3.2. Extraction of the Analytes
Initially, it was decided to use the C18 phase, control the pH, and use methanol as eluent, as 10 mL of this solvent permitted to get the elution of ten analytes from the cartridge.
The sample pH was varied from 2.0 up to 8.5, and pH 2.5 was chosen as the better condition due to the optimum extraction percentage for most of the analytes. Amoxicillin, high polar molecule, presented low affinity by the solid phase, and its recuperation was always lower than 51%, whereas ibuprofen, diclofenac, and nimesulide presented high interaction with the solid phase and could only be eluted around pH 2.0 with recoveries of 83.6, 59.0, and 75.5%, respectively. Ciprofloxacin, norfloxacin, and tetracycline have two positive charges at pH 2.5, and the increase in the pH reduced their recuperation from 92.0, 89.0, and 100.0% for pH 2.5 to 36.3, 19.4, and 42.2% for pH 8.5, respectively; and caffeine, 17α-ethynylestradiol, and levonorgestrel did not suffer a significant change in their interaction with the solid phase with the pH and presented recuperation percentages of 94.7, 92.0, and 80.0%, respectively.
A flow rate of 7.0 mL·min−1 was chosen as the better compromise between time and efficiency of extraction; for this condition, recoveries around 95% were obtained for the analytes; the exception was amoxicillin (50%). Variations in the citric acid concentration (2.0, 3.0, and 5.0 mmol·L−1) did not change the extraction efficiencies; thus, 2.0 mmol·L−1 of citric acid was maintained.
The loading sample volume should be as high as possible to get high concentration factors. When solutions of the analytes in the concentrations of 1.0, 0.5, 0.25, 0.05, and 0.025 mg·L−1 were associated with extraction sample volumes of 25, 50, 100, 500, and 1000 mL (to keeping the final concentration after elution in 2.5 mg·L−1), it was noted an improvement in the extraction with the increase of sample volume; however, for the more polar analytes (amoxicillin, tetracycline, caffeine, and diclofenac), a reduction in the recovery percentages was observed. For sample volume of 500 mL, the best recoveries for most analytes were obtained with values higher than 85%, except for amoxicillin (15.3%); however, in order to obtain high concentration factor to levonorgestrel and 17α-ethynylestradiol hormones, that could be present at very low concentrations in the samples, the condition of 1000 mL was selected, even with a reduction in the extraction efficiency to amoxicillin, tetracycline, caffeine, and diclofenac.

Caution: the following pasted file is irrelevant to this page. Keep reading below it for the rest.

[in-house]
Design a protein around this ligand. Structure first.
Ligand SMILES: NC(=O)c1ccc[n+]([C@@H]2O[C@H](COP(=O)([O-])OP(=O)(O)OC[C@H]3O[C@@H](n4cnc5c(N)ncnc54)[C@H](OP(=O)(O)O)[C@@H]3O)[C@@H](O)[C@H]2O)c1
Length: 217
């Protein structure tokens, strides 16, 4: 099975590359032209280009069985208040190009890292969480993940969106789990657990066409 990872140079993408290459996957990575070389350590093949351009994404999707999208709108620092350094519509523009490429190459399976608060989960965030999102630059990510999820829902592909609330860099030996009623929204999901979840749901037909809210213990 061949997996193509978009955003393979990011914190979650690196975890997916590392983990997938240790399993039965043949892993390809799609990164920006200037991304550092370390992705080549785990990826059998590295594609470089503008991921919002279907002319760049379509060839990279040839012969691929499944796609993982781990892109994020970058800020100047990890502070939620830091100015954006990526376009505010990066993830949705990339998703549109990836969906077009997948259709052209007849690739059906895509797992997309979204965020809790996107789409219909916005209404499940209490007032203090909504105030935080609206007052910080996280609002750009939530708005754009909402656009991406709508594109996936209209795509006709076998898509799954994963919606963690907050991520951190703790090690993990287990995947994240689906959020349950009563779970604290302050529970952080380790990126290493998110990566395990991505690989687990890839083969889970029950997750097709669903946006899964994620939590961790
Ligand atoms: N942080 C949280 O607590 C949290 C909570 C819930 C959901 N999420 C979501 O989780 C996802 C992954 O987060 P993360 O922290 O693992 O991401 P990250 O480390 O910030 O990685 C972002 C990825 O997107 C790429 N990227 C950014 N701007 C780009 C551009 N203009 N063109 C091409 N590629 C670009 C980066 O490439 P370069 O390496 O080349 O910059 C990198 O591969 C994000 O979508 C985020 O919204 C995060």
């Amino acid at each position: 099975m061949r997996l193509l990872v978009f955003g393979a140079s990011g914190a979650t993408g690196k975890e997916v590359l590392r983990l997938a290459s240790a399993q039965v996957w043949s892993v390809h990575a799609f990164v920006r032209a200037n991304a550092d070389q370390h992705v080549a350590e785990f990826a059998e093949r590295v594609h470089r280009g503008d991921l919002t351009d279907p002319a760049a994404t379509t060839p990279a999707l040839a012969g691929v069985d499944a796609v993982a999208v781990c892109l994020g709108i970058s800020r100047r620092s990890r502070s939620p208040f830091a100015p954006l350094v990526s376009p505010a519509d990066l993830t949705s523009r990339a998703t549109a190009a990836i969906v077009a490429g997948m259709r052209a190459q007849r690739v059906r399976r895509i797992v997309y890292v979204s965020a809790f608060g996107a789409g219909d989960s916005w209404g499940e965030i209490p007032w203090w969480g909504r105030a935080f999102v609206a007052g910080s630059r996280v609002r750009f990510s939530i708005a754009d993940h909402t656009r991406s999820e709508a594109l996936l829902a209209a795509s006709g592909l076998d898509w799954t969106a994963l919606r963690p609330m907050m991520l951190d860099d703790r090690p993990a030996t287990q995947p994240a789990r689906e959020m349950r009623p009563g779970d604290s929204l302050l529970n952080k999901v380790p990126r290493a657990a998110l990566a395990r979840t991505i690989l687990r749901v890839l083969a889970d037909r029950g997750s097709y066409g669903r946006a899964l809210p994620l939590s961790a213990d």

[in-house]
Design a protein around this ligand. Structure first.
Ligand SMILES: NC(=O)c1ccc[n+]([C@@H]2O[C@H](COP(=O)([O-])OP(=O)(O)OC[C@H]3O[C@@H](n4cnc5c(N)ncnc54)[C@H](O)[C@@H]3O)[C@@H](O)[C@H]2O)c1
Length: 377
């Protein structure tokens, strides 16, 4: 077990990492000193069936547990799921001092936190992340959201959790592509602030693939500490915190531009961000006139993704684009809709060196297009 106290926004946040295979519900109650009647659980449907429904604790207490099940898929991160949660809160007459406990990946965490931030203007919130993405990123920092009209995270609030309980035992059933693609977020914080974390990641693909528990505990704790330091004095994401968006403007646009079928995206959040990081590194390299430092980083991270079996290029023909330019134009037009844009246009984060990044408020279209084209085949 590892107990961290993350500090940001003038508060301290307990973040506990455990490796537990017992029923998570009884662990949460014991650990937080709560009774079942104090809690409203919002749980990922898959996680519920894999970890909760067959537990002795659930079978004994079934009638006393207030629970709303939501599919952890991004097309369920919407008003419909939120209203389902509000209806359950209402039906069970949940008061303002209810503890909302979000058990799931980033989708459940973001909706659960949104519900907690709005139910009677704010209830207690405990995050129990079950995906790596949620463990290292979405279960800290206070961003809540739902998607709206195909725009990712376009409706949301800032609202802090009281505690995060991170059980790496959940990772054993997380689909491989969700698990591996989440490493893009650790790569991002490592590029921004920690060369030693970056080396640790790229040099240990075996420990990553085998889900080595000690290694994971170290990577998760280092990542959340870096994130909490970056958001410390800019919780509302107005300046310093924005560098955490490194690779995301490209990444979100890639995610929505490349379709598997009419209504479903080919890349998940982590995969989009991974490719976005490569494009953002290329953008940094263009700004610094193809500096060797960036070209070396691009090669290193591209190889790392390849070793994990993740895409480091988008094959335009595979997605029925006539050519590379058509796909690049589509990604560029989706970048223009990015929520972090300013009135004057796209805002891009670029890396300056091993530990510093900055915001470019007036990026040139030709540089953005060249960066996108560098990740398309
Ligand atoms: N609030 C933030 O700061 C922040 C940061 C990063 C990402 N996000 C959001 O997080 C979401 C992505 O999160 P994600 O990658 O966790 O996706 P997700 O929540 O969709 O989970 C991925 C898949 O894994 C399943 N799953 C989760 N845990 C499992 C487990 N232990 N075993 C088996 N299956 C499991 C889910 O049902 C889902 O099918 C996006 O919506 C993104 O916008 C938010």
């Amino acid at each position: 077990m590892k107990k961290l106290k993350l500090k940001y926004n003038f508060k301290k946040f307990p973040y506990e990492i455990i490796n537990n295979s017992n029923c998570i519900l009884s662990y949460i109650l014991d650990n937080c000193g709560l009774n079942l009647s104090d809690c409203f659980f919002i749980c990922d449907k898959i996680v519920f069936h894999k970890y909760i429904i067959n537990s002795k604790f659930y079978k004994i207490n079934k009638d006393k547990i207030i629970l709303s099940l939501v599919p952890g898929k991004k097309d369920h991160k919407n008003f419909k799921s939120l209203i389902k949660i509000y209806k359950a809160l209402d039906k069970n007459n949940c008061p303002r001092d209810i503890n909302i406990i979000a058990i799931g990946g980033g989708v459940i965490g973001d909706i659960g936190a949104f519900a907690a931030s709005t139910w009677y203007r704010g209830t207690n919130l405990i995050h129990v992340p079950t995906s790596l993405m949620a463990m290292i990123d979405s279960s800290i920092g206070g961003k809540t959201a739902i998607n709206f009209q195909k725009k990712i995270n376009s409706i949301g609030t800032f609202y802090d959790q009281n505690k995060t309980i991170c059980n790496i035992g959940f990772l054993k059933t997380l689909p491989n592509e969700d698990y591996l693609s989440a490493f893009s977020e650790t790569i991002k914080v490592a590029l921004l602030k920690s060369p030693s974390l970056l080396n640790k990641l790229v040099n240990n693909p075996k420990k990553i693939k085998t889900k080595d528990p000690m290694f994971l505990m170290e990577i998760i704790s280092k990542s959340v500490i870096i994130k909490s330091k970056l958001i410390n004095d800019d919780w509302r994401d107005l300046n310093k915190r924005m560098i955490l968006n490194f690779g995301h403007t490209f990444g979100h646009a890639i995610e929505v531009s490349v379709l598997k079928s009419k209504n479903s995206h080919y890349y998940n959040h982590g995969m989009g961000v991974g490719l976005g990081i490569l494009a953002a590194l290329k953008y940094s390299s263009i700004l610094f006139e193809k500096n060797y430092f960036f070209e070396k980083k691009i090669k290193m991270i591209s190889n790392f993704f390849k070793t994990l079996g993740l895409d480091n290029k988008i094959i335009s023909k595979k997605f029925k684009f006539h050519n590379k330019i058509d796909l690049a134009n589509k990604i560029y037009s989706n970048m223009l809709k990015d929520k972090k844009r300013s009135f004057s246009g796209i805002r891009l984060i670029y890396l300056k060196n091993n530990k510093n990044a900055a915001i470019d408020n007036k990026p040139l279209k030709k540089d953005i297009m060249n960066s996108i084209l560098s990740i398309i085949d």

The amount of solid phase in the cartridge was also studied, and it was noted that reducing the amount of solid phase led to lower extraction efficiency to tetracycline and amoxicillin. Thus, the cartridge with 1000 mg of C18 was selected.
In order to achieve the highest possible concentration factor with minimum use of organic solvents (methanol, ethanol, acetone, and acetonitrile), the volume of the solvent was varied (1.5, 3.0, 5.0, 7.0, and 10.0 mL) and it was not observed significant variations in the analytes recoveries when the eluent was methanol or ethanol and the eluent volume was varied from 3.0 to 10.0 mL; thus, 3.0 mL of ethanol was elected as the better condition due to its low toxicity. To acetone and acetonitrile, the recoveries were low to all analytes, mainly to tetracycline, norfloxacin, and ethynylestradiol. The eluent flow rate was varied, and it was observed a decrease in the extraction efficiencies for all the analytes to flow rates higher than 1.0 mL·min−1; then, the eluent flow rate was fixed at 1.0 mL·min−1.
Thus, the final extraction conditions for simultaneous extraction and concentration of the ten analytes were as follows: 1000 mL of the sample containing 2.0% (v/v) ethanol, 2.0 mmol·L−1 citric acid at pH 2.50, C18 cartridge with 1000 mg of the solid phase, and flow rate of 7.0 mL·min−1. After analytes’ retention, the adsorbent was dried under vacuum 30 s and the analytes were eluted with only 3.0 mL of ethanol at a flow rate of 1.0 mL·min−1. The solvent was evaporated, and the samples were redissolved in 0.5 mL of a solution with 15.0% (v/v) ethanol, 3.0% (m/v) SDS, and 20.0 mmol·L−1 phosphate buffer at pH 7.0 (mobile phase A). Under these conditions, it was yielded recovery percentage values of higher than 95%, except to tetracycline (64.3%) and caffeine (66.0%), and concentration factors higher than 1200, except to amoxicillin (224).
3.3. Chromatographic Separation
3.3.1. Preliminary Tests